I see mentioned in a Bloomberg Law piece that in Ambach v. Norwick, 441 U.S. 68 (1979)

Upholding a statute barring aliens from teaching in public schools, the [Supreme] Court reasoned that the "distinction between citizens and aliens, though ordinarily irrelevant to private activity, is fundamental to the definition and [288] government of a State. . . . It is because of this special significance of citizenship that governmental entities, when exercising the functions of government, have wider latitude in limiting the participation [**6] of noncitizens." Ambach, 441 U.S. at 75 (emphasis added).

So while constitutional, what is the extent of this prohibition? I think a good number of academics in higher US education are (at least initially) non-US-citizens. And even in lower-level US public schools there seem to be a number of foreigners.

More than 3,000 teachers given visas

The U.S. State Department says 3,252 foreign teachers were given exchange visas in 2018. The countries sending the most teachers were the Philippines, Spain, Jamaica, China and France.

1 Answer 1


The law upheld by the decision is a New York law, and thus only applies in the state of New York. Its current text reads in relevant part:

No person shall be employed or authorized to teach in the public schools of the state who is... Not a citizen.  The provisions of this subdivision shall not apply, however, to an alien teacher now or hereafter employed, provided such teacher shall make due application to become a citizen and thereafter within the time prescribed by law shall become a citizen.  The provisions of this subdivision shall not apply, after July first, nineteen hundred sixty-seven, to an alien teacher employed pursuant to regulations adopted by the commissioner of education permitting such employment.  The citizenship requirements of this subdivision shall not apply to an alien teacher now or hereafter employed whose immigration status is that of a lawful permanent resident of the United States and who would otherwise be eligible to serve as a teacher, or to apply for or receive permanent certification as a teacher, but for the foregoing requirements of this subdivision.

The last sentence of that will no longer be effective starting Nov 30 2022.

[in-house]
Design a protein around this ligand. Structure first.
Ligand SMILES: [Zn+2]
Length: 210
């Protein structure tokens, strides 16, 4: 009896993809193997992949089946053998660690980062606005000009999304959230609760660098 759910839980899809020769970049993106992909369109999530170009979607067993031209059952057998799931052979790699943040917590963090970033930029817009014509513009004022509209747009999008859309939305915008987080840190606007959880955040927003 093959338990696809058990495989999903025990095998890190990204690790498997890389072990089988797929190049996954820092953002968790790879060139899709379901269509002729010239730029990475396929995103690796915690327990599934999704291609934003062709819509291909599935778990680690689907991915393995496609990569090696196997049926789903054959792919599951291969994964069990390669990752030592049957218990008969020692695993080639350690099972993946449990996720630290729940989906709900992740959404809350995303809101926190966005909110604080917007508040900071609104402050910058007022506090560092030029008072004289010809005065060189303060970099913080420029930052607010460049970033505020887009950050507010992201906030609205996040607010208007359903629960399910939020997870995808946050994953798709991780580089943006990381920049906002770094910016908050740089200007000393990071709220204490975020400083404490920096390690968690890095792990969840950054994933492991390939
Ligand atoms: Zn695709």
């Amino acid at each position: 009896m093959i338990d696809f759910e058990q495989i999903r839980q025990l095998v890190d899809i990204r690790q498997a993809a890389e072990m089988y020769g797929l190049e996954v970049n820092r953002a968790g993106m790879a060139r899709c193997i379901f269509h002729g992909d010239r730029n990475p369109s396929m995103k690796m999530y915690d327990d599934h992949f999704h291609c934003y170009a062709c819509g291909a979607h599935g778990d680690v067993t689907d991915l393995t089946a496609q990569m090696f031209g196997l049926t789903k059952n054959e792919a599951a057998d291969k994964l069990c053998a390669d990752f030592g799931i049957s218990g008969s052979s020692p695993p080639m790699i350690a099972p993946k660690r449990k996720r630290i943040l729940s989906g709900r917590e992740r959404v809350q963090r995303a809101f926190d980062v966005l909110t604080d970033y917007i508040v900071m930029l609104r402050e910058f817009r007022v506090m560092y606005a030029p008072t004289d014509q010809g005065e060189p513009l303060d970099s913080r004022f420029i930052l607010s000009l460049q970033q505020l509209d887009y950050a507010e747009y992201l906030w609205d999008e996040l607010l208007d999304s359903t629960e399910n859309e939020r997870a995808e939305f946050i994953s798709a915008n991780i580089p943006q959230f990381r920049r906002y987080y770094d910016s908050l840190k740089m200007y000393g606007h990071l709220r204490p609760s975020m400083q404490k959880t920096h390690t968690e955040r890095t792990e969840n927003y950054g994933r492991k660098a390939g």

So, this law only says they are prohibited in New York public schools. And even then, they are allowed if they are applying to be a citizen, if they are hired pursuant to regulations adopted by the commissioner of education, or (until 2022) if they are a lawful permanent resident of the US.

Other states may have other laws, of course.

  • 1
    It's interesting that the ability for permanent residents to teach is being phased out. Politically, that doesn't seem like something the current New York legislature would be likely to do. I wonder if there is something here that we're missing? (I also wonder what the commissioner's regulations are like - conceivably they could be so permissive as to render the restriction basically ineffective.) Commented Dec 2, 2019 at 14:02
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    I found the current regulations here "Notwithstanding any other provision this Part to the contrary, no otherwise qualified applicant shall be denied a certificate under this Part, or registration pursuant to this Title by reason of his or her citizenship or immigration status, unless such applicant is otherwise ineligible for a professional license under 8 USC section 1621 or any other applicable Federal law."
    – D M
    Commented Dec 3, 2019 at 5:32
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    The regulations at the time of the Supreme Court decision, in contrast, were "A teacher who is not a citizen of the United States or who has not declared intention of becoming a citizen may be issued a provisional certificate providing such teacher has the appropriate educational qualifications as defined in the regulations and (1) possesses skills or competencies not readily available among teachers holding citizenship, or (2) is unable to declare intention of becoming a citizen for valid statutory reasons."
    – D M
    Commented Dec 3, 2019 at 5:33

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